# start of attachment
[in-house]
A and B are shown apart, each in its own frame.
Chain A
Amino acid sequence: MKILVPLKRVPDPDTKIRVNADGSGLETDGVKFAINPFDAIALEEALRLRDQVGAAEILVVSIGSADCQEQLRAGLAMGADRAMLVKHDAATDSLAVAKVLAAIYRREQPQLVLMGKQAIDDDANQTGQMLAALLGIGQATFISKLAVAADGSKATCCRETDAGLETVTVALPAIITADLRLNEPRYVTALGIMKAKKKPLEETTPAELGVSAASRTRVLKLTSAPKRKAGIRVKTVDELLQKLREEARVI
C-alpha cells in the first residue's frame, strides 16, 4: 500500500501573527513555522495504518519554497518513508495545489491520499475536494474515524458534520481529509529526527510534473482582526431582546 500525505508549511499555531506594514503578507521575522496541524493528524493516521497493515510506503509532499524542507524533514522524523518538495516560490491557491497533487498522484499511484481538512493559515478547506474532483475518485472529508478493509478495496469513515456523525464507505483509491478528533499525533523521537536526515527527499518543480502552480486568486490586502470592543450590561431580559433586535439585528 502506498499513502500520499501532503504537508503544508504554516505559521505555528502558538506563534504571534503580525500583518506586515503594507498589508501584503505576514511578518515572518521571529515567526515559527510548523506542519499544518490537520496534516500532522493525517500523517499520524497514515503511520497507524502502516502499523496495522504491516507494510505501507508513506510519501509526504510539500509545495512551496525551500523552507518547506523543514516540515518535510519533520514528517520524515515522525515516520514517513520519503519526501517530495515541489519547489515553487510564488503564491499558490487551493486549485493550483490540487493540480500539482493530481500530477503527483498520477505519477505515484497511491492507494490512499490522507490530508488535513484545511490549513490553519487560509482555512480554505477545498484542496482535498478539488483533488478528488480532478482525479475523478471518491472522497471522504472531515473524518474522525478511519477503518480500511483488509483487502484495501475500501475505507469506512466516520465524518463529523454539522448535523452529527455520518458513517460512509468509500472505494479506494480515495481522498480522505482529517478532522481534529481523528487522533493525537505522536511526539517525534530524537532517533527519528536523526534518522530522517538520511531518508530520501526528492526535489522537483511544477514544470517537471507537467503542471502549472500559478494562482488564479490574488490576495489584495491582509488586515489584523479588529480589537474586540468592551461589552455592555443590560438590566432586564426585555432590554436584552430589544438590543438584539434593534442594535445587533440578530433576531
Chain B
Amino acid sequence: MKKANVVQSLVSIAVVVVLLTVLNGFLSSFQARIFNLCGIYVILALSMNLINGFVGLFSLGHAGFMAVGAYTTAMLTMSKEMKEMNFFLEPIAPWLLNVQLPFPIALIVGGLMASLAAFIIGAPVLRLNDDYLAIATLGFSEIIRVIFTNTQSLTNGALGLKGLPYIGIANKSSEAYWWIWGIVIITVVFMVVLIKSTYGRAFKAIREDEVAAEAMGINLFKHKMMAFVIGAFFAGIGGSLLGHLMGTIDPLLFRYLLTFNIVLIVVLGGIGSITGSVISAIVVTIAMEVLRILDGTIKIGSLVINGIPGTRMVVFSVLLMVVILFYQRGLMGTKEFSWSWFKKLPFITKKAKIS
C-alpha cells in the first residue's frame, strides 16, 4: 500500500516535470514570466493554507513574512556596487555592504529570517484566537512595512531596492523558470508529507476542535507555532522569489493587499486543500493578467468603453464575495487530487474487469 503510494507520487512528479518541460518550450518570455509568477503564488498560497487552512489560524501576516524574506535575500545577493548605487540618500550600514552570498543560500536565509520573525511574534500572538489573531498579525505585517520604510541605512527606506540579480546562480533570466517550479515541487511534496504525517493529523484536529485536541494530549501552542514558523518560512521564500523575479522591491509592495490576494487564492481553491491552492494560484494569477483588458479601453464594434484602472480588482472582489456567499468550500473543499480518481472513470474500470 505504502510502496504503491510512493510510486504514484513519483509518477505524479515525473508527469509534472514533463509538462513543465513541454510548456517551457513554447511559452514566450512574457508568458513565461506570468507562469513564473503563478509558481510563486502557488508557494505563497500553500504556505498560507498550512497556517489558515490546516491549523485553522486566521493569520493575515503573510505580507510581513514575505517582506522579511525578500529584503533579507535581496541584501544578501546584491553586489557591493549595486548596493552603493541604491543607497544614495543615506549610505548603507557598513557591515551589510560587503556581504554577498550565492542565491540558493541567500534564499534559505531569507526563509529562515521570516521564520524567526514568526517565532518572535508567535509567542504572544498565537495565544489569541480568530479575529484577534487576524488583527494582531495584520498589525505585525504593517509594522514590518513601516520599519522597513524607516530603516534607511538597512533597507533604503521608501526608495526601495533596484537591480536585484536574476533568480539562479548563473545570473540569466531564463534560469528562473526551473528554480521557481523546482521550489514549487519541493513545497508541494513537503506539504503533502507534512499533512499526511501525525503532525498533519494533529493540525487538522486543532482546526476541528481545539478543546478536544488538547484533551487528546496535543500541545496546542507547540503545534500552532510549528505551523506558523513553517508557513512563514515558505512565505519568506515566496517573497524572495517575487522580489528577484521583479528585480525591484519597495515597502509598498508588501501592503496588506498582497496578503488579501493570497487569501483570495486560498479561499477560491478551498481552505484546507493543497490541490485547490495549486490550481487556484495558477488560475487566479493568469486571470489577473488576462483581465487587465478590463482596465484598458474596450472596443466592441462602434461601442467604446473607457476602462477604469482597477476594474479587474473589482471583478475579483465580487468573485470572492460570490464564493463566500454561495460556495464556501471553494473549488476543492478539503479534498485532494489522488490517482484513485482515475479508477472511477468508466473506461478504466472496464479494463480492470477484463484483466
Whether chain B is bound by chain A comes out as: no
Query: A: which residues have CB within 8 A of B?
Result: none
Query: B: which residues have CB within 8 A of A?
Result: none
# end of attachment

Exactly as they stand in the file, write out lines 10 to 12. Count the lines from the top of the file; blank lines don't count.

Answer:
Query: A: which residues have CB within 8 A of B?
Result: none
Query: B: which residues have CB within 8 A of A?